The first two examples are probably much easier to read because they are indented in an established way (a "hanging paragraph" style). This indentation style is especially useful when dealing with multiple nested constructs.

ModuLiq

The ModuLiq Zero Indent Style groups with carriage returns rather than indents. Compare all of the above to:

if (hours < 24 && minutes < 60 && seconds < 60)
return true;
 
else
return false;

Python

Python uses indentation to indicate control structures, so correct indentation is required. By doing this, the need for bracketing with curly braces (i.e. { and }) is eliminated. On the other hand copying and pasting Python code can lead to problems, because the indentation level of the pasted code may not be the same as the indentation level of the current line. Such reformatting can be tedious to do by hand, but some text editors and IDEs have features to do it automatically. There are also problems when Python code could be rendered unusable when posted on a forum or web page that removes whitespace, though this problem can be avoided where it is possible to enclose code in whitespace-preserving tags such as "<pre> ... </pre>" (for HTML), "[code]" ... "[/code]" (for bbcode), etc.

Haskell

Haskell similarly has the off-side rule which lets indentation define blocks; however, unlike in Python, indentation is not compulsory in Haskell — curly braces and semicolons can be (and occasionally are) used instead.

Vertical alignment

It is often helpful to align similar elements vertically, to make typo-generated bugs more obvious. Compare:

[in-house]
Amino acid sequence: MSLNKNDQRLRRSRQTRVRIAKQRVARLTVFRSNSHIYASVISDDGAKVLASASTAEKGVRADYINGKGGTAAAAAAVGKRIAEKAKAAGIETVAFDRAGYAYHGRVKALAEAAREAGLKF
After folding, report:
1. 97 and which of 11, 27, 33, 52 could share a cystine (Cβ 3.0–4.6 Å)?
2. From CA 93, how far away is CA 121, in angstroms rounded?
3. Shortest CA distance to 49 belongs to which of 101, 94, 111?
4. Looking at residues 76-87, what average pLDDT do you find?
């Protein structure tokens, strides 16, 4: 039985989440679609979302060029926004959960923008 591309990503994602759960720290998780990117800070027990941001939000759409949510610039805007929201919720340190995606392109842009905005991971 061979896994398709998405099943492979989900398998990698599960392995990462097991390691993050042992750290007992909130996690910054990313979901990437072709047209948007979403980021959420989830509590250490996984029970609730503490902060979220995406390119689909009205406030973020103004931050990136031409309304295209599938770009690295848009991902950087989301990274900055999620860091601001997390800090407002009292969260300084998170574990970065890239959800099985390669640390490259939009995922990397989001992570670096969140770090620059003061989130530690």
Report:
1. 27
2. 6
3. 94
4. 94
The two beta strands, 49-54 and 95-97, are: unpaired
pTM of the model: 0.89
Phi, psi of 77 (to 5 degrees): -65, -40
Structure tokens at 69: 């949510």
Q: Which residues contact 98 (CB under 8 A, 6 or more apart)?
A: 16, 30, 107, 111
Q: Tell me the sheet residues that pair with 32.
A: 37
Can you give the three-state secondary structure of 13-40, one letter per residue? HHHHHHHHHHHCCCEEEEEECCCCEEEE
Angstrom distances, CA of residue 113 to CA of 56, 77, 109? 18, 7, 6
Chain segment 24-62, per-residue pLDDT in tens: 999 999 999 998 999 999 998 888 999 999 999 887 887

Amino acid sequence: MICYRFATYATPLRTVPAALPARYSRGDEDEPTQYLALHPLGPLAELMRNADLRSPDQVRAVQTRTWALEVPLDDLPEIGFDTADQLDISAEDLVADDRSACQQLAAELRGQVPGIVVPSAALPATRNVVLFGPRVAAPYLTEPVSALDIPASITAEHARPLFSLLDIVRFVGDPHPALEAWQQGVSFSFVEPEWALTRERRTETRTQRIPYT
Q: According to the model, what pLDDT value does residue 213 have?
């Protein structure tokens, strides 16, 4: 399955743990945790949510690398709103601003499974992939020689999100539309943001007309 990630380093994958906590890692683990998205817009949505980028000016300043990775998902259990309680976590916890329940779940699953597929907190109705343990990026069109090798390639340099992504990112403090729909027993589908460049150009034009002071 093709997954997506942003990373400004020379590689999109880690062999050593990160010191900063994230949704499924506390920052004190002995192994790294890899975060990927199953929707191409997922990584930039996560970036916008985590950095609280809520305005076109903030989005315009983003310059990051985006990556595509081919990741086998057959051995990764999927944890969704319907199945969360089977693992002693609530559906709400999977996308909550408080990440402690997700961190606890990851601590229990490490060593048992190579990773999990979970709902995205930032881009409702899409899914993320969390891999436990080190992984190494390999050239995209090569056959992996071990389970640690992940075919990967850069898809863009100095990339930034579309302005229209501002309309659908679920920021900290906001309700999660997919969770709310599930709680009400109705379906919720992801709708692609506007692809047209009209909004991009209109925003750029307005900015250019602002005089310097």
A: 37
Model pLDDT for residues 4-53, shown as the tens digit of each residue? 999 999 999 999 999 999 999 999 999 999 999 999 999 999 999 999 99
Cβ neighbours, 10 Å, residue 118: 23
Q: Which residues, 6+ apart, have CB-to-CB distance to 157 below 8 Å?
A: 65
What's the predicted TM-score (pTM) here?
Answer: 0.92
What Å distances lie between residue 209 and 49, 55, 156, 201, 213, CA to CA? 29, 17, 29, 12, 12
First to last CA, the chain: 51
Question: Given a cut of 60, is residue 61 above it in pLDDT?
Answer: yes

$search = array('a', 'b', 'c', 'd', 'e');
$replacement = array('foo', 'bar', 'baz', 'quux');
 
// Another example:
 
$value = 0;
$anothervalue = 1;
$yetanothervalue = 2;

with:

$search      = array('a',   'b',   'c',   'd',   'e');
$replacement = array('foo', 'bar', 'baz', 'quux');
 
// Another example:
 
          $value = 0;
   $anothervalue = 1;
$yetanothervalue = 2;

The latter example makes two things intuitively clear that were not clear in the former:

  • the search and replace terms are related and match up: they are not discrete variables;
  • there is one more search term than there are replacement terms. If this is a bug, it is now more likely to be spotted.

Arguments against vertical alignment are

  • Inter-line false dependencies; tabular formatting creates dependencies across lines. For example, if an identifier with a long name is added to a tabular layout, the column width may have to be increased to accommodate it. This forces a bigger change to the source code than necessary, and the essential change may be lost in the noise. This is detrimental to source code control where inspecting differences between versions is essential.